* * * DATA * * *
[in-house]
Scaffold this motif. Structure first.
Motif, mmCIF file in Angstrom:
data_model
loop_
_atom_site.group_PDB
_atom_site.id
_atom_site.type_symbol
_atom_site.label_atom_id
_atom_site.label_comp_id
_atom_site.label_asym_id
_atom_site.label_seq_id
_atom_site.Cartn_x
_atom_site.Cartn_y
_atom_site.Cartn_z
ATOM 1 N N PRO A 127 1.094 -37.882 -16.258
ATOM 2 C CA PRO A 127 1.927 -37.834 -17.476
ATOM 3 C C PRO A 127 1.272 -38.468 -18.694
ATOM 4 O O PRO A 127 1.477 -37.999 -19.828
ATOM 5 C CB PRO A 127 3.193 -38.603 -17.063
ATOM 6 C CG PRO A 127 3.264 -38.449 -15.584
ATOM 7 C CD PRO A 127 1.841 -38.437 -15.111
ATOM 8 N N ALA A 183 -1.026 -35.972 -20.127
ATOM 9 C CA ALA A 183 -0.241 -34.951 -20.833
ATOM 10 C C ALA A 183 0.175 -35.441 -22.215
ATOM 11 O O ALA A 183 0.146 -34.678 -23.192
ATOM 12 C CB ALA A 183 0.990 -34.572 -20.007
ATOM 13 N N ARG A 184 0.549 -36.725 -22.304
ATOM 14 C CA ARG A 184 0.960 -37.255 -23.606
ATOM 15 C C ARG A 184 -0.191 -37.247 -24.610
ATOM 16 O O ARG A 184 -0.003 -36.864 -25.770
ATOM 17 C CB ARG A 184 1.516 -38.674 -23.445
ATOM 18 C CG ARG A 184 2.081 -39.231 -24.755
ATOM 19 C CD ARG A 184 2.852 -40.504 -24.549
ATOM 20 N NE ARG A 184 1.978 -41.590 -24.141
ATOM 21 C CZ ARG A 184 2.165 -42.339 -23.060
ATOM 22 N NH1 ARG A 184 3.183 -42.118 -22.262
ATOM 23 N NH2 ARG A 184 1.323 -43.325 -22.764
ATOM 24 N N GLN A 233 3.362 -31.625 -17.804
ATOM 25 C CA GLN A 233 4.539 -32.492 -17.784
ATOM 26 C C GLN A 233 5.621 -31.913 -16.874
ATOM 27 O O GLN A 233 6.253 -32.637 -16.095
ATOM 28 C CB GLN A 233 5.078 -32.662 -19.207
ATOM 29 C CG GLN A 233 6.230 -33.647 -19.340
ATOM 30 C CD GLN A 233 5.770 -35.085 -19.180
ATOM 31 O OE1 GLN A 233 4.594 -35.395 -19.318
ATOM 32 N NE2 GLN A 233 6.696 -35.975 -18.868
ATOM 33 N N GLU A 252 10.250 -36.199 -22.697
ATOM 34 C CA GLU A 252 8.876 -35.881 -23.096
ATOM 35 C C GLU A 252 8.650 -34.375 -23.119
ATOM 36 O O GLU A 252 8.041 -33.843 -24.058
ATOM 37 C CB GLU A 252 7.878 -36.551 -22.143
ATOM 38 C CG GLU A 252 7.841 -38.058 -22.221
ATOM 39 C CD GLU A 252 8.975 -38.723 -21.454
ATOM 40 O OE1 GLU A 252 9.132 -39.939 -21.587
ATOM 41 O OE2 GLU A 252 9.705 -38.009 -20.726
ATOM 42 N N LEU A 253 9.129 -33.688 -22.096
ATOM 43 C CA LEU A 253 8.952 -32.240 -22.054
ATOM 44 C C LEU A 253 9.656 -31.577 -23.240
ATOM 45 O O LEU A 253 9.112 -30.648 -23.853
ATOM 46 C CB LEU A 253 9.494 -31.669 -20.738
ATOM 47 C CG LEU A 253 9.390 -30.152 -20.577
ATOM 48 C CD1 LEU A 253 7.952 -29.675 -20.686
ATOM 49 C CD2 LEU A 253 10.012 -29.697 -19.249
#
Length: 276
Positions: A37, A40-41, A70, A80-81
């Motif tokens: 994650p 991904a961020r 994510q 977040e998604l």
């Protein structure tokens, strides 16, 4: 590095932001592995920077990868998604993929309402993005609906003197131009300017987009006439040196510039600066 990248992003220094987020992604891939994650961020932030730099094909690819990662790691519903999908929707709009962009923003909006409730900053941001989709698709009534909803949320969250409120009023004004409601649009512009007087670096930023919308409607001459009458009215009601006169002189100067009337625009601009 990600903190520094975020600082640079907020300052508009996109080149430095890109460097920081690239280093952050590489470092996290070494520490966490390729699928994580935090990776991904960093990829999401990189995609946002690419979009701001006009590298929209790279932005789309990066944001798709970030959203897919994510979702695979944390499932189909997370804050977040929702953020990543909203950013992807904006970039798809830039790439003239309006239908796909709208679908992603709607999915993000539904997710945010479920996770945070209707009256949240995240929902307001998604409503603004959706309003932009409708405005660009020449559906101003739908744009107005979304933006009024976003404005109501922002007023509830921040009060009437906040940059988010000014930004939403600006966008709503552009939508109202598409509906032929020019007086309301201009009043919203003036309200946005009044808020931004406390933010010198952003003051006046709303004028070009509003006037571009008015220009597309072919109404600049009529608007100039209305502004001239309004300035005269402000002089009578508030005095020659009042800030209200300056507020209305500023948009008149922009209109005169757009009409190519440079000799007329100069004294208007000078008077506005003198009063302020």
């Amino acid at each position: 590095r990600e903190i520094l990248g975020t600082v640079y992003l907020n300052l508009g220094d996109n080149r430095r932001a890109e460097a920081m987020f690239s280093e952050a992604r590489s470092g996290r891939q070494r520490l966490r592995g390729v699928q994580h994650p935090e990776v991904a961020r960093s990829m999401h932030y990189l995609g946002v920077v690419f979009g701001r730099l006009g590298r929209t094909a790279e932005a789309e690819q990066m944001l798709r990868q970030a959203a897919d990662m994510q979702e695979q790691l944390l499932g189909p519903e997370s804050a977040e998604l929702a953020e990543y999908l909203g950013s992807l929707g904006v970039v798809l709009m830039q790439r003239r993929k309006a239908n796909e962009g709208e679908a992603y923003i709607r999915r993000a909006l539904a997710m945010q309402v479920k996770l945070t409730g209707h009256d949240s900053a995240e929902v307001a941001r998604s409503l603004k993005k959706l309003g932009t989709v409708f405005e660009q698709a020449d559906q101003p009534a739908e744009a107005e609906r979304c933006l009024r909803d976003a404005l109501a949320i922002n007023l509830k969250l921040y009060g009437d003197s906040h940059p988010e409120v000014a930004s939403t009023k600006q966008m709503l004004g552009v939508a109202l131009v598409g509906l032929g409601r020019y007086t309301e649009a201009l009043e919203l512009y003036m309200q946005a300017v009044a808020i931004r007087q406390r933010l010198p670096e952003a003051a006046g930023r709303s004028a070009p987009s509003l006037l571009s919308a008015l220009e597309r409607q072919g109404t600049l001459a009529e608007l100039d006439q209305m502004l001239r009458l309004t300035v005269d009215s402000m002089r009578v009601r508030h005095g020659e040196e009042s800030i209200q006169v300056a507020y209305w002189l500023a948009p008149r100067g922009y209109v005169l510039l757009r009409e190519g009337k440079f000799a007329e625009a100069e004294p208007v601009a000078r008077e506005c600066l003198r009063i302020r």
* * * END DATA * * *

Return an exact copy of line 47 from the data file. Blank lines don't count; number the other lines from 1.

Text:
ATOM 32 N NE2 GLN A 233 6.696 -35.975 -18.868